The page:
It’s odd that we Baby Boomers are now more or less the elder generation; it seems hardly any time ago we were partying in our velvet loons and platform boots back in the 1970s (and 1960s and 1980s). I’ve been working on this project for over a year now, gradually building up a portfolio of drawings of 100 ‘Baby Boomers’, people born between 1946 and 1964 to use in a large scale installation. I’ve drawn about 40 people so far, doing 30 minute sketches into a sketchbook.
Behind the nostalgia is a more serious undercurrent. As the previous generation of elders that fought World War 2 is dying out, the responsibility of remembering those horrors and preventing a recurrence falls onto the shoulders of us Baby Boomers. Xenophobia is on the rise across Europe. It’s time for us to grow up, step up and do the right thing.
My generation grew up with parents and grandparents who had been involved in massive world wars and the aftermath of those dreadful conflicts hung over our childhoods. But we’re also a very privileged generation; our elders established the Welfare State, the National Health Service, universal education, pensions, improved working conditions and decent wages, and we Boomers benefited from all that. My cousin and I were the first in our extended family to go into higher education, unthinkable to previous generations. We had full grants and no fees because we were from poorer working class families.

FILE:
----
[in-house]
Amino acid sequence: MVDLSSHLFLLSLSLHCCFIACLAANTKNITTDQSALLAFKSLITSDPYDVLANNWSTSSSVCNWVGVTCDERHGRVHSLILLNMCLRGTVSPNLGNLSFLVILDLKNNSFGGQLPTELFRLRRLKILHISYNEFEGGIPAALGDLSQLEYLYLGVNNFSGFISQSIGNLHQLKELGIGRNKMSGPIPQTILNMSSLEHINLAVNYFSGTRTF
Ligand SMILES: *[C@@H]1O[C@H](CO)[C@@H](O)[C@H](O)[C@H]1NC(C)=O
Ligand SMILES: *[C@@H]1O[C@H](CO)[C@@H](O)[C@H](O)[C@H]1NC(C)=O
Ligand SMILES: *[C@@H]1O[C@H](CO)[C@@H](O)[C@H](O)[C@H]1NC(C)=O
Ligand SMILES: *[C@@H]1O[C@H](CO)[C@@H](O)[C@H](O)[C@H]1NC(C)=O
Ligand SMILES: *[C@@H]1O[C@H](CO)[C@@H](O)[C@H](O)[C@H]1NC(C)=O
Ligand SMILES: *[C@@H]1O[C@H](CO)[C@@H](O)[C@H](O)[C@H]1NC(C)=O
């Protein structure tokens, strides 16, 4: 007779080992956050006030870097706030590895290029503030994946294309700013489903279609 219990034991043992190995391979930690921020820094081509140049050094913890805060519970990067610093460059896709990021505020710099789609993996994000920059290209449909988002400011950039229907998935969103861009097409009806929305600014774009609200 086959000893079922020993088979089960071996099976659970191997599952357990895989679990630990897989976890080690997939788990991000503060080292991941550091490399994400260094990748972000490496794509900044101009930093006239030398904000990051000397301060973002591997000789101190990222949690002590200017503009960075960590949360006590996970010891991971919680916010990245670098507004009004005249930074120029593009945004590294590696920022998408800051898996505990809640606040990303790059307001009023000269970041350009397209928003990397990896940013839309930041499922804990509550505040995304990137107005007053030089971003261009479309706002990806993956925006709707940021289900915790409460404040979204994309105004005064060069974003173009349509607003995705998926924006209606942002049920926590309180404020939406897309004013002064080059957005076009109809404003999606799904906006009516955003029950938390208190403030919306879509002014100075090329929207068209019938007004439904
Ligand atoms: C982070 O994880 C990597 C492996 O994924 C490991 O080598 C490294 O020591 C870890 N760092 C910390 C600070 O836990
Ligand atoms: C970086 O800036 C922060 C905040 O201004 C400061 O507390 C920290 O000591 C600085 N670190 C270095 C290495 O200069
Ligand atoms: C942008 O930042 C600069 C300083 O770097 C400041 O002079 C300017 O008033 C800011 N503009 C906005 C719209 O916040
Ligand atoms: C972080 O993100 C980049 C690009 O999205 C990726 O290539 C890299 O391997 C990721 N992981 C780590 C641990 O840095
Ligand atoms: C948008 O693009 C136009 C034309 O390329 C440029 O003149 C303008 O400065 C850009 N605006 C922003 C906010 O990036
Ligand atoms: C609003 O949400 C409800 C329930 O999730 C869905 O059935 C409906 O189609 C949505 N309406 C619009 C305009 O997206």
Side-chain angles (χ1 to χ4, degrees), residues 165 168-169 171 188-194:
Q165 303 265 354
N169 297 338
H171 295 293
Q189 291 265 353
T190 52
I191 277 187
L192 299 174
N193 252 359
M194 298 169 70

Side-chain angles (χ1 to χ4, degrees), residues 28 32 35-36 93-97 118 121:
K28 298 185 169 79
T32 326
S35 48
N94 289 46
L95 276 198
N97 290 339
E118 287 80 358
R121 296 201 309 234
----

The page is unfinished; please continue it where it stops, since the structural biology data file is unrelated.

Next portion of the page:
Someone asked me why I don’t draw from photos, but I think that drawings from photos look just like just that, drawings from photos. And an important part of the whole experience for me is the series of conversations I’m having, discussing the landmarks in our lives, the things that are iconic, the experiences we’ve had – the common ground and also where our experiences differ. I’ve drawn Boomers in two different venues so far, a museum and an artspace. This has been deliberate because I want the public to wander in and see how an artist approaches making a sketch. If I worked from my studio or visited people in their own home, I think I would lose the spontaneity I’m looking for. These conversations with real people also spark ideas for how to develop this work.
I’m not sure it’s such a nice experience for the people who sit – being stared at by me for half an hour. I can’t guarantee that the drawings will look exactly like them – if I was doing a formal portrait I’d do loads of drawings over several sittings. Sometimes the sketches look very much like the sitter, sometimes not and sometimes I just mange to get the essence. But the important thing for me is the meeting and the talking and capturing those fleeting moments in a quick drawing.
THE NEXT STEP
Well, I have to finish my 100 Boomers – I’m not quite half way there yet. I’ll be finding some new venues in South Wales to work from in the coming months and contacting people who have been willing to sit for me to get the series finished. I hope to complete my 100 by the end of 2016.
WHERE WILL IT END?
Once I’ve finished the 100 drawings, I’ll develop them into printmaking media like silkscreens, woodcuts or stamps and use these to build up an installation of small and large iconic images from our era which I aim to exhibit here and abroad. The conversations will determine which iconic images I will use and also influence the development of a soundtrack to the exhibition.